Selecting the Right Radio School
July 1952 Radio-Electronics

July 1952 Radio-Electronics

July 1952 Radio-Electronics Cover - RF Cafe[Table of Contents]

Wax nostalgic about and learn from the history of early electronics. See articles from Radio-Electronics, published 1930-1988. All copyrights hereby acknowledged.

Although the details about types of electronics schools, locations, specific career goals, funding sources, etc., are a bit different today than they were in 1952 when this "Selecting the Right Radio School" article appeared in Radio−Electronics magazine, the advice offered for consideration is still applicable. You are investing a significant amount of resources - financially and commitment-wise - so the prudent approach is to do as much up-front research as possible to help assure you will not regret your decision. Of course there is always the chance that at some point you'll opt for a different career - it happens to a lot of people. One big difference these days is there is probably a lot more in the way of financial assistance available than back in the 1950s. One of the best ways then and now is to enlist in the military and take advantage of the schoolroom training and on the job training (OJT), while collecting a paycheck and having some of the best medical coverage available.

Selecting the Right Radio School

Selecting the Right Radio School, July 1952 Radio-Electronics - RF CafeBy E. H. Rietzke*

Congratulations! The fact that you are reading this article tells us one of two things about you. Either (1) you have decided to enter a radio school, or (2) you are preparing wisely for the day when you will choose a school. In either event, you may look forward to the tremendous opportunities awaiting properly trained men in radio, television, and other electronic pursuits. Your future will be limited only by the extent of your ambition, initiative, and technical knowledge. This is the most rapidly expanding industry in America today. To properly trained men it offers almost unlimited opportunity.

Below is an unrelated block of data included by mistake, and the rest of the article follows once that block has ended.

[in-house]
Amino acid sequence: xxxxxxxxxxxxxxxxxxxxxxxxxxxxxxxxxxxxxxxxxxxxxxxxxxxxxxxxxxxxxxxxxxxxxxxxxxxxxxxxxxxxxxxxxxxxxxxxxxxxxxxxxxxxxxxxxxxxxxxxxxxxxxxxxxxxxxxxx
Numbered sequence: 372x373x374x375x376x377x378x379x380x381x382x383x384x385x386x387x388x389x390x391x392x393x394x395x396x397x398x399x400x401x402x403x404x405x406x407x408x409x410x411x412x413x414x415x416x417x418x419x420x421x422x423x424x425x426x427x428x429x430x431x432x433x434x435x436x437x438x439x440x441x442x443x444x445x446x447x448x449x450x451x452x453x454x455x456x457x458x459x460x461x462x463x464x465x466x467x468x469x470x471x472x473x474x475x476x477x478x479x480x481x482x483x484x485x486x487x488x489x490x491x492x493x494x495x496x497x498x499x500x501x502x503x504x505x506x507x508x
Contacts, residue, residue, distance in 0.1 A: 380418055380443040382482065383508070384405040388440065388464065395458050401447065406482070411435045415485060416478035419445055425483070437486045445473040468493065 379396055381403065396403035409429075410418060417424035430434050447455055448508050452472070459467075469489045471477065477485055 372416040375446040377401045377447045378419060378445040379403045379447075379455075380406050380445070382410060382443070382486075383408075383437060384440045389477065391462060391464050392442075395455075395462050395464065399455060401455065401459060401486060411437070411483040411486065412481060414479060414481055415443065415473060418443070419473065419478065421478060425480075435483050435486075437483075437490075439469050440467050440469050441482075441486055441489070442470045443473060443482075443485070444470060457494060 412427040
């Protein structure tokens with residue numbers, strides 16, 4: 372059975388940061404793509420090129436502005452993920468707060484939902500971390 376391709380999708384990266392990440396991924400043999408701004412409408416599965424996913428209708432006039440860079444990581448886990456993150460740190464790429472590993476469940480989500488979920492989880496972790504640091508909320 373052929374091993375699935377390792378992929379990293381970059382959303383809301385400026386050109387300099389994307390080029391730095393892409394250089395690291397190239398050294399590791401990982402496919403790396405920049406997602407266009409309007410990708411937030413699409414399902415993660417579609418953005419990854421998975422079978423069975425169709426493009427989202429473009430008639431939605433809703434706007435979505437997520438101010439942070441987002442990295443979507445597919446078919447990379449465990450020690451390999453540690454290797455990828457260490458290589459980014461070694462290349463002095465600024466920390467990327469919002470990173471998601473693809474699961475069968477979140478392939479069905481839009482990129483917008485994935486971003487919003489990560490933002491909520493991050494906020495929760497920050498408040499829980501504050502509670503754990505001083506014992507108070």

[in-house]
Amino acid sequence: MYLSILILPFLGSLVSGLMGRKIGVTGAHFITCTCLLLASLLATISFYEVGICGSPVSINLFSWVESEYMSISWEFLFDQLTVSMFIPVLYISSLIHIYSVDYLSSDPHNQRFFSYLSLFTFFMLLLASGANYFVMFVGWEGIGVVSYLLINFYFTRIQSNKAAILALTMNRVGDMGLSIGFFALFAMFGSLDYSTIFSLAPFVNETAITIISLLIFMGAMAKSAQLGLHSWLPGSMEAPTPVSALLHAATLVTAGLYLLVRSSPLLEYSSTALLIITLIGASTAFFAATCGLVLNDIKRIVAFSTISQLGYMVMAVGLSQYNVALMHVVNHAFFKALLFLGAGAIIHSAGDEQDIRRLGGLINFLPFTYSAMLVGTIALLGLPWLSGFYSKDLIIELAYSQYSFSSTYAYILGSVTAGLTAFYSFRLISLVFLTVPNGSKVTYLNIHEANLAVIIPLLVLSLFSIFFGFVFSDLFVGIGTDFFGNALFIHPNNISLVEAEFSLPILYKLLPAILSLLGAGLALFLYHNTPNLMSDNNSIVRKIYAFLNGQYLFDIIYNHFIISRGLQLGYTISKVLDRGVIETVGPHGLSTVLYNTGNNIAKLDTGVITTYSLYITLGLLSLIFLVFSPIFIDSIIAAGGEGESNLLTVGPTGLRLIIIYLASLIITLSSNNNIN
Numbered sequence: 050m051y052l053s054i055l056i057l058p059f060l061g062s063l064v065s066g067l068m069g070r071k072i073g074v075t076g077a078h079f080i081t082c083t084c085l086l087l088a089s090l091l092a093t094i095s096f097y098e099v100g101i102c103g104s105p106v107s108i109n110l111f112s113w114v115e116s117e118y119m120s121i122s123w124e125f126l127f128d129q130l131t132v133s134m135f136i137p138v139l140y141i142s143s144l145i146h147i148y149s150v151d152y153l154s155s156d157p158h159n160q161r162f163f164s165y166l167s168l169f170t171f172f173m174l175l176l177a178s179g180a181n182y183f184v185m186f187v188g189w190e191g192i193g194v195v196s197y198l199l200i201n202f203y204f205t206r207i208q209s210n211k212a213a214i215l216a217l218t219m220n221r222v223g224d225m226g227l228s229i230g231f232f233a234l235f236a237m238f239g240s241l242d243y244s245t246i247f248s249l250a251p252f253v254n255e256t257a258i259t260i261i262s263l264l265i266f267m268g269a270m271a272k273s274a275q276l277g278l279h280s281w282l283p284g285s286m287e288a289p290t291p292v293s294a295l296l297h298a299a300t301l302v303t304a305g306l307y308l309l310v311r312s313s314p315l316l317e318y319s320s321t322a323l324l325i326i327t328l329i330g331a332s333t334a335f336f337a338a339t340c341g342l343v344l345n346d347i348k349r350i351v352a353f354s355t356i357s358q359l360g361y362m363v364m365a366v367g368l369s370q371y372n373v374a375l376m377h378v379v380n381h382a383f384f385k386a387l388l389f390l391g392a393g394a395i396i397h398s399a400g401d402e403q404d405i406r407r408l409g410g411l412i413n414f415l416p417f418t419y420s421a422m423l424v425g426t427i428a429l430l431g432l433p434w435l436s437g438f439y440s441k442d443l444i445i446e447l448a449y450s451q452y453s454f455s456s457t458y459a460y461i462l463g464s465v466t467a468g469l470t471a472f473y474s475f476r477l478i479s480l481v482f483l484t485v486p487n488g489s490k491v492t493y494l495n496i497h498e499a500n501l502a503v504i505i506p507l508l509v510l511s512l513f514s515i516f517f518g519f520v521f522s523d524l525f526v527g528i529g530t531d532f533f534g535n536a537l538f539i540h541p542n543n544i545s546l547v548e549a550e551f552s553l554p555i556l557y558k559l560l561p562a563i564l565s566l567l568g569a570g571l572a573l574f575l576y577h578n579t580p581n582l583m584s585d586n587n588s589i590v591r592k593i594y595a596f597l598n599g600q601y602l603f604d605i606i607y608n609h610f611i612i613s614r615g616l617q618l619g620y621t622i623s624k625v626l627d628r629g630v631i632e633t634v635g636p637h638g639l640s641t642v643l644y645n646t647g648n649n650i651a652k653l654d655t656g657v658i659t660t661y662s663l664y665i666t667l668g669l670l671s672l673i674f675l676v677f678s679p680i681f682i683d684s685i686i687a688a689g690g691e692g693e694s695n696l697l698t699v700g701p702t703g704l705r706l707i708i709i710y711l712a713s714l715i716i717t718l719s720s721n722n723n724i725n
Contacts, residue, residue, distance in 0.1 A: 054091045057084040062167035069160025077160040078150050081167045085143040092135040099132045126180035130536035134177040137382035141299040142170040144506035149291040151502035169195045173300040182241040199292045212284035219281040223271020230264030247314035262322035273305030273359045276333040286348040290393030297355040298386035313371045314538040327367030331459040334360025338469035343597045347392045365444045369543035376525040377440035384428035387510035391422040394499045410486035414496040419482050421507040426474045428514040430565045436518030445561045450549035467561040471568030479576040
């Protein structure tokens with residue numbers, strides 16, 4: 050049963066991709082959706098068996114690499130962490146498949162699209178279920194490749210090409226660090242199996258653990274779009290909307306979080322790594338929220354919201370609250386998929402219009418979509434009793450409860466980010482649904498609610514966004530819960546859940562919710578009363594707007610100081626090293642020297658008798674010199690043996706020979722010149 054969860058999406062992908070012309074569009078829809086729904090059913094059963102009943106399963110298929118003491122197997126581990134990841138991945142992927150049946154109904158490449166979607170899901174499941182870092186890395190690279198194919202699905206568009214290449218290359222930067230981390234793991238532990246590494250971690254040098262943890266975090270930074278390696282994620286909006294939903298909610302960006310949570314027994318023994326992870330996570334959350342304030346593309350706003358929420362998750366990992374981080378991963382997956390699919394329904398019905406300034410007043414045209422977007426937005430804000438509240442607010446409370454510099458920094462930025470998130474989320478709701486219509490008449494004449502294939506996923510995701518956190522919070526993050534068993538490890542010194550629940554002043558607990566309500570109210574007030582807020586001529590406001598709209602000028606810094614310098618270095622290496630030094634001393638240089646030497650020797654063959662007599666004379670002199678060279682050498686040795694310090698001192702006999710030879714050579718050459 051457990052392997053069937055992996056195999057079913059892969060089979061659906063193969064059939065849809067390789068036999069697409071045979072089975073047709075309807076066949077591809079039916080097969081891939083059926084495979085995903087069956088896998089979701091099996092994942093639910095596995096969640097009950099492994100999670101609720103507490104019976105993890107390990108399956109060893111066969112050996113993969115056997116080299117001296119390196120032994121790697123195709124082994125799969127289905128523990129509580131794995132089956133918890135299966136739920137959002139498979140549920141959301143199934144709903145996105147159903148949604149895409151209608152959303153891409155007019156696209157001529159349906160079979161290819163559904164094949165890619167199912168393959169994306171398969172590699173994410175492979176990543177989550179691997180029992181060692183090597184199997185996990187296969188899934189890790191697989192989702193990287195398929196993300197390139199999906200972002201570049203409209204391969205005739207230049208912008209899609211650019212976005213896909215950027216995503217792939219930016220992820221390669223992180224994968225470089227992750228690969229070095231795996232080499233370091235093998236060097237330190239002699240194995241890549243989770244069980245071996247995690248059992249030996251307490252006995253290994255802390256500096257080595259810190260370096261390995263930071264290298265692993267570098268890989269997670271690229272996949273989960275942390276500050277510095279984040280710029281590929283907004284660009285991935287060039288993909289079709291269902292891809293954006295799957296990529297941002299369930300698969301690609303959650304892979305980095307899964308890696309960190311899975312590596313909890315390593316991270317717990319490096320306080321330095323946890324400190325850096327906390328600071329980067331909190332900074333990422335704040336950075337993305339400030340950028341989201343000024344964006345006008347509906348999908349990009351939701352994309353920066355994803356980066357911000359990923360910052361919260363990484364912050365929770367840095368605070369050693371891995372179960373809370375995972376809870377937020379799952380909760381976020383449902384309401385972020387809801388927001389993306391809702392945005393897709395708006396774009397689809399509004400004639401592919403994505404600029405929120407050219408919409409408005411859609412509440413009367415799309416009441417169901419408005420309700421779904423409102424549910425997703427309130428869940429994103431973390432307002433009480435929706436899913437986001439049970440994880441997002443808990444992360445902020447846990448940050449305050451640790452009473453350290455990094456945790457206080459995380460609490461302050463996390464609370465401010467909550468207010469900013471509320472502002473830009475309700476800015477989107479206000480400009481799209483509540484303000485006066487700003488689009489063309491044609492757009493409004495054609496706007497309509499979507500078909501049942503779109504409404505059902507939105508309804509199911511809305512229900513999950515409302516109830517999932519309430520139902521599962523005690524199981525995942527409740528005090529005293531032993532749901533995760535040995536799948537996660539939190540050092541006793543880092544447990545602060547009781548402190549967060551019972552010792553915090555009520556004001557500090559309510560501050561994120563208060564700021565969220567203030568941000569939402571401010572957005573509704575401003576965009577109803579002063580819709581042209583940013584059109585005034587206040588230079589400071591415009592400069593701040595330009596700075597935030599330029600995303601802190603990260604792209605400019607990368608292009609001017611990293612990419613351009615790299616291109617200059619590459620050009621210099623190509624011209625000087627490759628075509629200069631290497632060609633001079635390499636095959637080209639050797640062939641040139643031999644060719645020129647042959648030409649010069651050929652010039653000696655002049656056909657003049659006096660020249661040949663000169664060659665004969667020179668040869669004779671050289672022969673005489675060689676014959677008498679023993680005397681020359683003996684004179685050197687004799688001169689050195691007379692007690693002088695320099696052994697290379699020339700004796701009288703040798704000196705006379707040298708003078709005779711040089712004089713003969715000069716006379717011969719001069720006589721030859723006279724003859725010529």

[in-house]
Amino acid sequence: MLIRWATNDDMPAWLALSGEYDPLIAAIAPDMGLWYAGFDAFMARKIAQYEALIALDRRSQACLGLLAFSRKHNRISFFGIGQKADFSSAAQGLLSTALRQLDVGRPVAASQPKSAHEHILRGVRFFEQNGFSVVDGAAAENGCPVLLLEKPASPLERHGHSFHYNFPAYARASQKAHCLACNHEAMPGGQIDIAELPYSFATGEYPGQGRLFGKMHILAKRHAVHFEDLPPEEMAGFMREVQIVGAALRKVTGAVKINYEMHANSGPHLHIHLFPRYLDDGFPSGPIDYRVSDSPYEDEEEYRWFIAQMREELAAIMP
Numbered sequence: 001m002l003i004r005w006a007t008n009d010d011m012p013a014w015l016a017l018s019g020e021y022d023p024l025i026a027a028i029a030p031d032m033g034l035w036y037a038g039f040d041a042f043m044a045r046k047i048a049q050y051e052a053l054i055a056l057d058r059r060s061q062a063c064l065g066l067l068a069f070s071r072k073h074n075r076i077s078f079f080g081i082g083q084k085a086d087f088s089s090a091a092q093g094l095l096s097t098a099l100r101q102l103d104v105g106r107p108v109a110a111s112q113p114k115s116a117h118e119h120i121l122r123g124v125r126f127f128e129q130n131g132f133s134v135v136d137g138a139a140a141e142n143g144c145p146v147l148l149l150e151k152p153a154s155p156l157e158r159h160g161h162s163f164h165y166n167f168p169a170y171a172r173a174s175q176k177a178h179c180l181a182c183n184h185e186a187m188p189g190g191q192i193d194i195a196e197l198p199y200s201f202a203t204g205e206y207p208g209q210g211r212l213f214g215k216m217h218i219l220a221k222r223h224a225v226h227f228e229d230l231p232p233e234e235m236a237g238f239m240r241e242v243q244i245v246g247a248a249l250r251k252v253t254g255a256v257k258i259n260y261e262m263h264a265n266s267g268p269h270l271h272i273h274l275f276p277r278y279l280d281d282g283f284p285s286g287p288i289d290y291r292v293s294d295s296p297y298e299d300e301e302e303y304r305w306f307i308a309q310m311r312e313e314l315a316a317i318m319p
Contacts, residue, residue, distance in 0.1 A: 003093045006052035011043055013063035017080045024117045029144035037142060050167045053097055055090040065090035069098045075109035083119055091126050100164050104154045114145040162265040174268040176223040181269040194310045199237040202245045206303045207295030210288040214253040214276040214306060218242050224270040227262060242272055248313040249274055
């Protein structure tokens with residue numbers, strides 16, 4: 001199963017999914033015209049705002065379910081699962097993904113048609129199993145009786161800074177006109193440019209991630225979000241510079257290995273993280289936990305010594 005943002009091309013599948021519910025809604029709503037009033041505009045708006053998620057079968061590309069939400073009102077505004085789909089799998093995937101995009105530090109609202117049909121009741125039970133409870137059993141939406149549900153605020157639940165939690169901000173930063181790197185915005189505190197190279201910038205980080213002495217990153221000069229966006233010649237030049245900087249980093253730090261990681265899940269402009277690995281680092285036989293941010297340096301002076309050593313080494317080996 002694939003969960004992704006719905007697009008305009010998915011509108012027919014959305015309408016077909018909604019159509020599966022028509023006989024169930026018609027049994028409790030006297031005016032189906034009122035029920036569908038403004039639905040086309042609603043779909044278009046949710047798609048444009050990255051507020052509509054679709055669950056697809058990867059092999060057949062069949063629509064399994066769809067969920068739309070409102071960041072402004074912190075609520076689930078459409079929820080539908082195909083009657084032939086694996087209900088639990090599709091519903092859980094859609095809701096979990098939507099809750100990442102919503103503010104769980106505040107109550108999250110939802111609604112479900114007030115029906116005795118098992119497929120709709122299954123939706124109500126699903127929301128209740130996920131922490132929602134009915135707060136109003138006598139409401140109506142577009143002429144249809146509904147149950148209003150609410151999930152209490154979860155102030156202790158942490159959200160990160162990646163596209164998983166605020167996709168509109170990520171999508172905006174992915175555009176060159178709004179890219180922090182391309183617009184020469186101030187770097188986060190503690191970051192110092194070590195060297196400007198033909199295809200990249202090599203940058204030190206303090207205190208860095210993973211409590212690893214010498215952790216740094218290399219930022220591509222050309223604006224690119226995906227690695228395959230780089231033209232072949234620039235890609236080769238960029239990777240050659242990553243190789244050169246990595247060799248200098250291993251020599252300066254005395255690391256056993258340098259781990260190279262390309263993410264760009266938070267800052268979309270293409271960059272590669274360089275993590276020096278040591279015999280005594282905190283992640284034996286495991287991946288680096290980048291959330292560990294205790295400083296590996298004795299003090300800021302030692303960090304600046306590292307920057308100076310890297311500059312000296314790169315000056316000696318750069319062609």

Considering the career you have chosen, you are doubtless equipped with an "engineering" frame of mind. To some extent, you are probably scientific in your approach to problems. You carefully line up all the pros and cons. You match factor for factor, advantage for advantage. This attitude is very valuable to you when you set out to choose the right school.

First, What About Yourself?

You must know what you have to offer the world of electronics, before you can determine what electronics can offer you, and what type of school is best for your needs.

Let's start with your schooling.

Check yourself on the following subjects: (How much did you have, and what were your grades?)

Algebra | Chemistry | Electricity | Geometry | Manual Training | Mechanical Drawing | Physics | Trigonometry

If you did well in all or most of these subjects, and if you are a high-school graduate with sufficient credits, you should consider a full-fledged college of engineering. Not every subject mentioned is required, but if you think you qualify, find out the entrance requirements of the school you have in mind. If you lack some subjects, the registrar can advise you how to qualify.

The same qualifications apply for high-level technical schools, except that your background in cultural subjects would not be important and actual practical experience in some phase of electronics often takes the place of a high-school diploma. Some technical schools offer the necessary preparatory courses in mathematics.

At less-advanced levels of training, the qualifications named above become less important. If you attended specialized schools in the service, it should be of great value. If you are a radio amateur, or have any other practical experience in radio, and can handle required assignments, you may be reasonably sure of success. But the better the school, the more stress it places on previous training. Don't approach any level of training without the necessary background.

If you are now in high school, ask your guidance counselor what courses you should take in preparation for further technical training.

Finally, your personal habits have much to do with the case. Can you discipline yourself, or do you find it difficult to set your mind to study? Remember, no "high roads," no magic words will put knowledge in your head and skills at your fingertips.

A word of warning: Do not prejudge yourself too harshly and count yourself out of a radio career too hastily. If you want it, half the battle is won. Communicate with, or visit the school and discuss what you have to offer with the registrar.

What Type of School?

We are often asked: Shall I go to a full 4-year engineering school, to a technical institute, or to a trade school? Shall I study at the school or at home?